Granted there are environments where needs can be addressed by all of one or the other. However at least near term, there is a very strong market for tiering and mix of SSD, some fast HDDs and lots of high-capacity HDDs to meet various needs including performance, availability, capacity, energy and economics. After all, there is no such thing, as a data or information recession yet budgets are tight or being reduced. Likewise, people and data are living longer.

What does this mean?
If there, were no such thing as a data recession and budgets a non-issue, perhaps everything could move to all flash SSD storage systems. However, we also know that people and data are living longer along with changing data life-cycle patterns. There is also the need for performance to close the traditional data center IO performance to space capacity gap and bottlenecks as well as store and keep data longer.

There will continue to be a need for a mix of high-capacity and high performance. More IO will continue to gravitate towards the IO appliances, however more data will settle in for longer-term retention and continued access as data life-cycle continue to evolve. Watch for more SSD and cache in the large systems, along with higher density SAS-NL (SAS Near Line e.g. high capacity) type drives appearing in those systems.

If you like new shiny new toys or technology (SNTs) to buy, sell or talk about, there will be plenty of those to continue industry adoption while for those who are focused on industry deployment, there will be a mix of new, and continued evolution for implementation.

Related links
Industry adoption vs. industry deployment, is there a difference?
Industry trend: People plus data are aging and living longer
No Such Thing as an Information Recession
Changing Lifecycles Data Footprint Reduction
What is the best kind of IO? The one you do not have to do
Is SSD dead? No, however some vendors might be
Speaking of speeding up business with SSD storage
Are Hard Disk Drives (HDD's) getting too big?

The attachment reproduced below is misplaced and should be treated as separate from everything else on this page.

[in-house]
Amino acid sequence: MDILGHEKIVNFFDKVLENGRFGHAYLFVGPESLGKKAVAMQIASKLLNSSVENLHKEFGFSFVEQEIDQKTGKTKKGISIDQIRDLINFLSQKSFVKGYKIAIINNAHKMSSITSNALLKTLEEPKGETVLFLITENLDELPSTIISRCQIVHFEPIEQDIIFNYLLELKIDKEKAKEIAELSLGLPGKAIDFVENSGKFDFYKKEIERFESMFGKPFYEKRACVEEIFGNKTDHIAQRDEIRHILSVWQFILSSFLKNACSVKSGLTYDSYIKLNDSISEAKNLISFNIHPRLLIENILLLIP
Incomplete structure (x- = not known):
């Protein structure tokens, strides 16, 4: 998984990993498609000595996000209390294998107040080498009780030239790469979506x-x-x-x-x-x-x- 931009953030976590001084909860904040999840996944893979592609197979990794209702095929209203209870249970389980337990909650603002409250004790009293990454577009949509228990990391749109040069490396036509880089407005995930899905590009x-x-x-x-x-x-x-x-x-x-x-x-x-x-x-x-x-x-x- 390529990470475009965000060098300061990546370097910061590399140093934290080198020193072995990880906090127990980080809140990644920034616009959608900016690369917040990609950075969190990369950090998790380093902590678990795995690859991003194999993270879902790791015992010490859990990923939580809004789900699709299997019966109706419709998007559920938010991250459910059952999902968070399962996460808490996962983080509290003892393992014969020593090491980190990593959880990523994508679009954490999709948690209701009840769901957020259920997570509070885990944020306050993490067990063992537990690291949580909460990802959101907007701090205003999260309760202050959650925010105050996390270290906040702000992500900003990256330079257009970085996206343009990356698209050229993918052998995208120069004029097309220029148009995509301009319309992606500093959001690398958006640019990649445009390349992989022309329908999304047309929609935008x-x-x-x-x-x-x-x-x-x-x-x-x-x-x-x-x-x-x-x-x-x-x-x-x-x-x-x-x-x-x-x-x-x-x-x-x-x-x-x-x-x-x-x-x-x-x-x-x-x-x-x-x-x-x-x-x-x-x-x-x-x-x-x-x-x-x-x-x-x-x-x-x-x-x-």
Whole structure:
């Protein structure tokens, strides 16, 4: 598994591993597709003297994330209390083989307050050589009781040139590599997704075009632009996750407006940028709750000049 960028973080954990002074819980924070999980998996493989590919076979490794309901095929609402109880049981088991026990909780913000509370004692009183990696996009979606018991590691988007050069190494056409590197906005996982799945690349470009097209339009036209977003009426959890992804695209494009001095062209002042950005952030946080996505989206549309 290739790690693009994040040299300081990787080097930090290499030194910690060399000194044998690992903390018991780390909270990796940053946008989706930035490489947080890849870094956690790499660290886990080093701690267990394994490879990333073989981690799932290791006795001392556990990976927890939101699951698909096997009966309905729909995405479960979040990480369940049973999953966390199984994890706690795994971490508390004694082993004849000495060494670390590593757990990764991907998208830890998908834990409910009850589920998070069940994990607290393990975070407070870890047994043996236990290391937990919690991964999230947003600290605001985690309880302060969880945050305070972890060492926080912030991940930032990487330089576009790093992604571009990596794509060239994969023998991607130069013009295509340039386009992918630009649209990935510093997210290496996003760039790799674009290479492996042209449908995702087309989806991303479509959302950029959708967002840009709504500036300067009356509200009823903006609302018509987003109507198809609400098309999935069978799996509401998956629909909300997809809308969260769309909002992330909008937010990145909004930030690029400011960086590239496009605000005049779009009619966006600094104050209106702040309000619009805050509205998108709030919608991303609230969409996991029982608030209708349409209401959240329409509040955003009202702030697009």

IT and storage economics 101, supply and demand
Has SSD put Hard Disk Drives (HDD's) On Endangered Species List?
Why SSD based arrays and storage appliances can be a good idea (Part I)
Researchers and marketers don't agree on future of nand flash SSD
EMC VFCache respinning SSD and intelligent caching (Part I)
SSD options for Virtual (and Physical) Environments Part I: Spinning up to speed on SSD

Ok, nuff said for now.

Cheers Gs

Greg Schulz - Author Cloud and Virtual Data Storage Networking (CRC Press, 2011), The Green and Virtual Data Center (CRC Press, 2009), and Resilient Storage Networks (Elsevier, 2004)

twitter @storageio

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More Stories By Greg Schulz

Greg Schulz is founder of the Server and StorageIO (StorageIO) Group, an IT industry analyst and consultancy firm. Greg has worked with various server operating systems along with storage and networking software tools, hardware and services. Greg has worked as a programmer, systems administrator, disaster recovery consultant, and storage and capacity planner for various IT organizations. He has worked for various vendors before joining an industry analyst firm and later forming StorageIO.

In addition to his analyst and consulting research duties, Schulz has published over a thousand articles, tips, reports and white papers and is a sought after popular speaker at events around the world. Greg is also author of the books Resilient Storage Network (Elsevier) and The Green and Virtual Data Center (CRC). His blog is at www.storageioblog.com and he can also be found on twitter @storageio.